and if you scroll down to the post on ten.thirteen.ten there is some cool tribal tattoo pictures.

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Nick here has pictures of Cliff Raven tribal tattoos from 1965. Leo has mentioned that Cliff was his big influence. And like a lot of things, the Gays did it first! I personally like tattooing tribal designs, and miss doing them as often as we used to.

hogg and David Flores like this

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Agreed. I love doing tribal. Something hypnotic about laying in all that black.

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that book is great! leo is only 3 and a half hours from here, i gotta get out there and get tattooed! i don't have any "tribal" on me, but i want one from him!

sarah schor likes this

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that is funny that you guys mention tribal tattoos... I have been seeing more and more reference to them and people saying they began in the late 80s early 90s...which is not the case... and everyone is right about Cliff Raven. My personal experience with tribal tattoos began in the early 80s...maybe 82??? 83....But at some point then they became big with punk rock here in LA..in fact there is a picture of one of my old girlfriends Kim in the Tattootime 'sea and music" (the blue one) dated 1983 so using that as a reference...I always liked the medusa head Bob tattooed on her myself more but the tribal decorating was really unique at that time

Punk rock was huge on tattooing....and in alot ways tattooing would not be what it is today if the two had not crossed paths...one of the major things with that was open mindedness....especially when it came to tribal....

Maybe tribal would not have flown had not punk rock been there at the same time...at least to the the degree that it is now.....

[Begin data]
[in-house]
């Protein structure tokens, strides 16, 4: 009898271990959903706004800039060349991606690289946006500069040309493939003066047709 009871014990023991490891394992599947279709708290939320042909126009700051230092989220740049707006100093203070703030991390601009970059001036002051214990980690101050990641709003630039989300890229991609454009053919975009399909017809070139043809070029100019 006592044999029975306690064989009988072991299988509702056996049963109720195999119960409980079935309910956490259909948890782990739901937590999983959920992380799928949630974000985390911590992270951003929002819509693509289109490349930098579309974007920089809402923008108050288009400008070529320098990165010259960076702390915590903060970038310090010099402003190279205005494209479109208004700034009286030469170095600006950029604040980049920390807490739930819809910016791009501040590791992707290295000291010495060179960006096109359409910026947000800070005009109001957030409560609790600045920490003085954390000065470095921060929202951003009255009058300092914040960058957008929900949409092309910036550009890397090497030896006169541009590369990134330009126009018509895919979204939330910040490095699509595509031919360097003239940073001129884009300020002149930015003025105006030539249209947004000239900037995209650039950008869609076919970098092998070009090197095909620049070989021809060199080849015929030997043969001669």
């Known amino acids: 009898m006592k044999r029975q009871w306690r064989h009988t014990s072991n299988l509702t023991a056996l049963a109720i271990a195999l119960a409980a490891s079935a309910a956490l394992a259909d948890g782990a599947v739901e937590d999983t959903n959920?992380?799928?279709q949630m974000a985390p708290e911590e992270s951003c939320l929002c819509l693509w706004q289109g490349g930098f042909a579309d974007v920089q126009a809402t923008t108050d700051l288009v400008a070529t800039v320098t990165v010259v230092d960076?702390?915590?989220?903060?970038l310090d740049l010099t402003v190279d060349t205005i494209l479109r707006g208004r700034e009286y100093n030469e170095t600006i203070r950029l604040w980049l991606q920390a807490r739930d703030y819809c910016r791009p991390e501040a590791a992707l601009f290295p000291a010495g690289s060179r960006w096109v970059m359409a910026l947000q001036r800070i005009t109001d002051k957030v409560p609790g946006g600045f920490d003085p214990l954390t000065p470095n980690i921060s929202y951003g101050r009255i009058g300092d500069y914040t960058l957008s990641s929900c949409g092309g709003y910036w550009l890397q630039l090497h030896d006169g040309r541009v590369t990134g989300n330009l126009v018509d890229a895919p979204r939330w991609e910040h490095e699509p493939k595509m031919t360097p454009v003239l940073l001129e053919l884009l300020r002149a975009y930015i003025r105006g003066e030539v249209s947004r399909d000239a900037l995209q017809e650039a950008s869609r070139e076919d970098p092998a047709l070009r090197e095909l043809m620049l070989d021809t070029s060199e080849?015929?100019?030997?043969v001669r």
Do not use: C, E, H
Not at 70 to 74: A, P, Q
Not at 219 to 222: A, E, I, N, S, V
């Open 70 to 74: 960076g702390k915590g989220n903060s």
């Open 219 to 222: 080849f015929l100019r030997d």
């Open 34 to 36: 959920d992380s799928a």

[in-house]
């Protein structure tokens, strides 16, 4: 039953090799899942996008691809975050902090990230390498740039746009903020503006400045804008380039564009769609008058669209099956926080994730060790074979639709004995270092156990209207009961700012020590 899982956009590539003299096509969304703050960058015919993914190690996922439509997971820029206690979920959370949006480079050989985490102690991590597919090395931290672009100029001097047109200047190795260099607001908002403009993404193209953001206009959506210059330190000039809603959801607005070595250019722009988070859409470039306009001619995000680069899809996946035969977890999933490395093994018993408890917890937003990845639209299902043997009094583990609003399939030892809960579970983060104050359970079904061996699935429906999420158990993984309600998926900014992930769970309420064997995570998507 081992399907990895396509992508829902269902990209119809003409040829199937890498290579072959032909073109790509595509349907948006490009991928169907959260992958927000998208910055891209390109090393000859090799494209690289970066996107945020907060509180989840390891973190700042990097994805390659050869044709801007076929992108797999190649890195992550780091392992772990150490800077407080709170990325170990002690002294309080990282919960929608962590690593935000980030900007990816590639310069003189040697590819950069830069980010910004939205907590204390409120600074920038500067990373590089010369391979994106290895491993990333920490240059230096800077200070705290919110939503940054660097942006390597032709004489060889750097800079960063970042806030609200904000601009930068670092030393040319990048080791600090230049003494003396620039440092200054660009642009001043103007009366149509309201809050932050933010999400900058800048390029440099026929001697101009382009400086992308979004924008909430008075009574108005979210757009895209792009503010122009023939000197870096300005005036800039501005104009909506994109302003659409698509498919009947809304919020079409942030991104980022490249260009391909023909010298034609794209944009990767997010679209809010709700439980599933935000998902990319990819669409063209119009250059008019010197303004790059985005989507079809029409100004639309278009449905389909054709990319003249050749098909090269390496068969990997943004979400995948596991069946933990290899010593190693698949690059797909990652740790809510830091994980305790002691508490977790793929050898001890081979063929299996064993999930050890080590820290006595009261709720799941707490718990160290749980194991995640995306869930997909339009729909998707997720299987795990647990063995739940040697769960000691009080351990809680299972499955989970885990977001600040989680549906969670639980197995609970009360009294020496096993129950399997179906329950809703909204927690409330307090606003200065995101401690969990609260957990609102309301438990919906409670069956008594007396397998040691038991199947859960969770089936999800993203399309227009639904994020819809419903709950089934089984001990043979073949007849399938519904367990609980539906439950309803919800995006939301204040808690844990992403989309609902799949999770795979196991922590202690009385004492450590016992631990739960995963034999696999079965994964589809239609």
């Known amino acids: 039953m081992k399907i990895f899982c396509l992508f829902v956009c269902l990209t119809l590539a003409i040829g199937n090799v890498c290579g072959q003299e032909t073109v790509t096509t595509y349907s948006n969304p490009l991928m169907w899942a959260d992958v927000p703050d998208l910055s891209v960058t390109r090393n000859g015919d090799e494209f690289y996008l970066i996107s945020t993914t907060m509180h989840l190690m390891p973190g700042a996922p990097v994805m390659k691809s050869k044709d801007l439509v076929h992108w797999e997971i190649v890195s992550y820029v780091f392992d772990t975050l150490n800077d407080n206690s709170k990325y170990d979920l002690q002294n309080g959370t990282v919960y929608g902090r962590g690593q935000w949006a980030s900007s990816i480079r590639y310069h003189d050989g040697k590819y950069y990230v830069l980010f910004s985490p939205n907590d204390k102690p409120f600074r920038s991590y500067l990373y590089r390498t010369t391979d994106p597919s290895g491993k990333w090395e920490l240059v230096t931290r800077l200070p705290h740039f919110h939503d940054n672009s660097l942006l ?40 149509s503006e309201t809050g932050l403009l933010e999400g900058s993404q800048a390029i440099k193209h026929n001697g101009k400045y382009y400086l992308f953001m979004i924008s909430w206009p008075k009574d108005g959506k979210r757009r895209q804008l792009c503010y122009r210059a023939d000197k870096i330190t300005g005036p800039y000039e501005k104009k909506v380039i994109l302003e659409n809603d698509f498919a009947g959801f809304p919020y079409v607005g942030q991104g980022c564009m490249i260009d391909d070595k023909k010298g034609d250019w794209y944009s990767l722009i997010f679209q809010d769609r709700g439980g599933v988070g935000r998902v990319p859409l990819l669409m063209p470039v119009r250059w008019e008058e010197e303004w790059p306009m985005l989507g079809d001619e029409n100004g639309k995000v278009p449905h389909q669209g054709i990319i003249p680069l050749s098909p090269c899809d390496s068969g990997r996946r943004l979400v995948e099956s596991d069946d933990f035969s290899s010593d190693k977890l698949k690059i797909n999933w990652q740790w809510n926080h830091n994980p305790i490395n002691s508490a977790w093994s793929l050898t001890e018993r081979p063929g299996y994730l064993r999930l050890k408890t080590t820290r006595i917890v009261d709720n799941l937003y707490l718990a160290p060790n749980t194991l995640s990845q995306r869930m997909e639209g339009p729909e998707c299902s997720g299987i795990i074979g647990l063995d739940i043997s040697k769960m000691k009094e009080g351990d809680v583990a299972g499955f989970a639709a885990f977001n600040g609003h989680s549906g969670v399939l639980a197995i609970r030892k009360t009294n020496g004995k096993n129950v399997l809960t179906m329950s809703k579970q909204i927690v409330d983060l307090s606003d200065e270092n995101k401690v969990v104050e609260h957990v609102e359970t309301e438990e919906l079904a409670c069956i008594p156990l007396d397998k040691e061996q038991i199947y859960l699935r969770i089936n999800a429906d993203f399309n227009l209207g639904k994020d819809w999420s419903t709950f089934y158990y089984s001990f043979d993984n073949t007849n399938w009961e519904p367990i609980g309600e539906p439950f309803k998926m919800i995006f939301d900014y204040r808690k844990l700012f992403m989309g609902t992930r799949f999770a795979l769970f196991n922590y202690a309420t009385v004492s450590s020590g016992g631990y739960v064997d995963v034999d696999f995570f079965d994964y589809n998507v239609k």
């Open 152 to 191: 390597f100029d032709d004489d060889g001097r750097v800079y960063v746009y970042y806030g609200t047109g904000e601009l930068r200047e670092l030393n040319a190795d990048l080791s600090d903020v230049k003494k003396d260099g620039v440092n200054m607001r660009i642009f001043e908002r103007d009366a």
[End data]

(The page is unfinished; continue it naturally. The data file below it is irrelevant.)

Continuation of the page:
I remember people talking about leo and he was working at Spotlight with bob....I had been tattooed by bob but not Leo...so i went in there one night and leo was working alone. I had 35.00 dollars and i really did not want a tribal. I am pretty sure he was tattooing with a PR prefab and after talking about it for awhile we settled on a spider web.... lower forearm and tribal.... I remember Leo talking about using the lines of the body and muscles when designing tribal and that was a really new and fresh way at looking at tattooing...(at least in the U.S.)

But one must remember punk rock when one talks about modern tribal....I do not think there would have been tribal without punk rock....

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Dan DiMattia. http://calypsotattoo.com/

I'm not super into the tribal thing but watching Dan work and hearing him talk about the designs is always a lot of fun. He does some really nice stuff and a lot of his work can be really fun. He's also a force of fucking nature -- get him talking about his chi and you'll never hear the end of it! Also, don't ever agree to spar/wrestle/box with him.. you will lose. He may be one of the simultaneously nicest and toughest dudes ever.

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I could follow all these links, flip through the books, and look at these pictures for days....thanks and please keep them coming. I love learning more about tattoos and tattooing!

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Agreed on Leo. My boss has been studying Polynesian/Marquesian for many years and is really doing the thing out here. He lived in Tahiti and married into a Tahitian family and had a traditional education for that particular style. Check out Aleksander: Welcome to Northeast Tattoo, Piercing & Laser Tattoo Removal - Aleksandar Nedich

What I personally like is that no matter what style tribal, as long as it's drawn well and is of proper size, it has a really dramatic effect! In really like the positive/negative space relationship with that stuff.

Stewart, defnitely agree on what Thomas Hooper is doing. He is sort of reinventing the stuff, and I love the stippling!

Cheers

Very cool link! Some badass tattoos in there!

If only it was closer...

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Does anyone know where (other than the south pacific) I can get a traditional Māori tattoo? By traditional, I mean hammering in the ink and shit. My family if from New Zealand, and it would be pretty rad to have something like that done, without having to fly all the way to NZ.